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23rd October 2006, 05:56 PM  #1 
diyAudio Member
Join Date: Jun 2005
Location: Los Angeles

How to calc Resistor Values to reduce Voltage?
B+ secondary reading is 257V. Using 6dj8 circuit, and this tube is rated .325 amp, and requires 200V...so I need to reduce 57V (257200)
So Ohm's Law says V=IR or 57V / .325 = R = 175 Ohm. And P = VI or 57V x .325 amp = 18.5 watts x 2 (to be safe) = 37 watt. I must be doing this way wrong as another fella suggested a 25K ohm resistor rated at 2 watts. Please set me straight.
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Cheers ~ Mike 
23rd October 2006, 06:22 PM  #2 
diyAudio Member
Join Date: Jul 2004
Location: Scottish Borders

Hi,
what plate current will your tube operate at? Now calculate what resistor you need at the quiescent plate current. Now what range of plate currents flow when the tube is amplifying a signal. What happens to the plate voltage as the plate current varies. Is this good for an audio amplifier?
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regards Andrew T. 
23rd October 2006, 06:29 PM  #3 
diyAudio Member

Andrew is right. Your formula is correct, but it is not the RATED plate current that you need to plug in but the ACTUAL plate current in the circuit, of course. Makes sense, no? Same for the anode voltage. What is the ACTUAL voltage in your circuit? That determines (with the supply voltage) the number of volts you need to waste, and that gives you the R and the P.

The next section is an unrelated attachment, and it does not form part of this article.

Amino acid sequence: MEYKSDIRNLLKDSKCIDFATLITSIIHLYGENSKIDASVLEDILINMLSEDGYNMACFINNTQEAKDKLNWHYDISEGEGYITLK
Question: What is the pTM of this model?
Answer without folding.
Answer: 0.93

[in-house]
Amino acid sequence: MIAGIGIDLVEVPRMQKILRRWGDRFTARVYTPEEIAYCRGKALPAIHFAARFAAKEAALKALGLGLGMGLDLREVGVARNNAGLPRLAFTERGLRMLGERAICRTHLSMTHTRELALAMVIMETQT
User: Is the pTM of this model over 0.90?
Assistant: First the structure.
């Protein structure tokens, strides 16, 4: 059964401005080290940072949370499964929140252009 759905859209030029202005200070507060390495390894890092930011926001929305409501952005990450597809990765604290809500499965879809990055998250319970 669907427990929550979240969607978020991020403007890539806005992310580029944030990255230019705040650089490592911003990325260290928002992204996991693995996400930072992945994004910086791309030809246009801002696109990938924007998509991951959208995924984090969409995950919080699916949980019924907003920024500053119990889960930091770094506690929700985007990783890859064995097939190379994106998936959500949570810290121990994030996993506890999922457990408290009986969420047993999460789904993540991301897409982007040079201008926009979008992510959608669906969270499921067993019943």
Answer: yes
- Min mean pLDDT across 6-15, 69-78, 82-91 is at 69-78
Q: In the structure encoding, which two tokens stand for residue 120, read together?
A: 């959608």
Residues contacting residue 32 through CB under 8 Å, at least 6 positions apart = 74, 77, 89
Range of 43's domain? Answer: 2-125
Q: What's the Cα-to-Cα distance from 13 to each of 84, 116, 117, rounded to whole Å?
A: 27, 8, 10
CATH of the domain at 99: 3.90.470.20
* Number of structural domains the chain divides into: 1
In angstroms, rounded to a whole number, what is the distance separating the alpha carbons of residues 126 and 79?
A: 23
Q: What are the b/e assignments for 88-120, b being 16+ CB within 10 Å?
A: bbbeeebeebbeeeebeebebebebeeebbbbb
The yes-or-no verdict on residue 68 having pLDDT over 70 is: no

Jan Didden
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23rd October 2006, 06:37 PM  #4 
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Join Date: Jun 2005
Location: Los Angeles

The voltage reading is 257 volts. 200 volts is the spec for the 6dj8 output stage I assembled.
I'm a beginner. I can measure voltage and ohms. But I haven't measured current yet. I'll have to read up on how to do this with my multimeter.
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Cheers ~ Mike 
24th October 2006, 05:31 AM  #5  
diyAudio Member
Join Date: Jan 2002
Location: somewhere in Australia

Quote:
to measure current, insert a 5W ceramic 10ohm resistor between B+ and plate. measure voltage. use ohm's law to compute for current. 

28th October 2006, 03:54 AM  #6 
diyAudio Member
Join Date: Jun 2005
Location: Los Angeles

measuring voltage "across" a cap?
Thanks Jarthel. I'll pick up a resistor tomorrow and try.
When someone says "measure the voltage across the cap" that is soldered to a circuit board, and the leads are not accessible (except by turning the board upside down) does this mean that you can place the DVM leads: (a) on the solder joints of the cap's leads on the underside of the board or (b) just on the cap itself respecting the positive and neutral orientation of the cap?
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Cheers ~ Mike 
31st October 2006, 12:58 AM  #7  
diyAudio Member
Join Date: Jan 2002
Location: somewhere in Australia

Re: measuring voltage "across" a cap?
Quote:
as for polarity if it's an elcap and you get negative voltage, just remove and the negative symbol and you get the proper voltage. 

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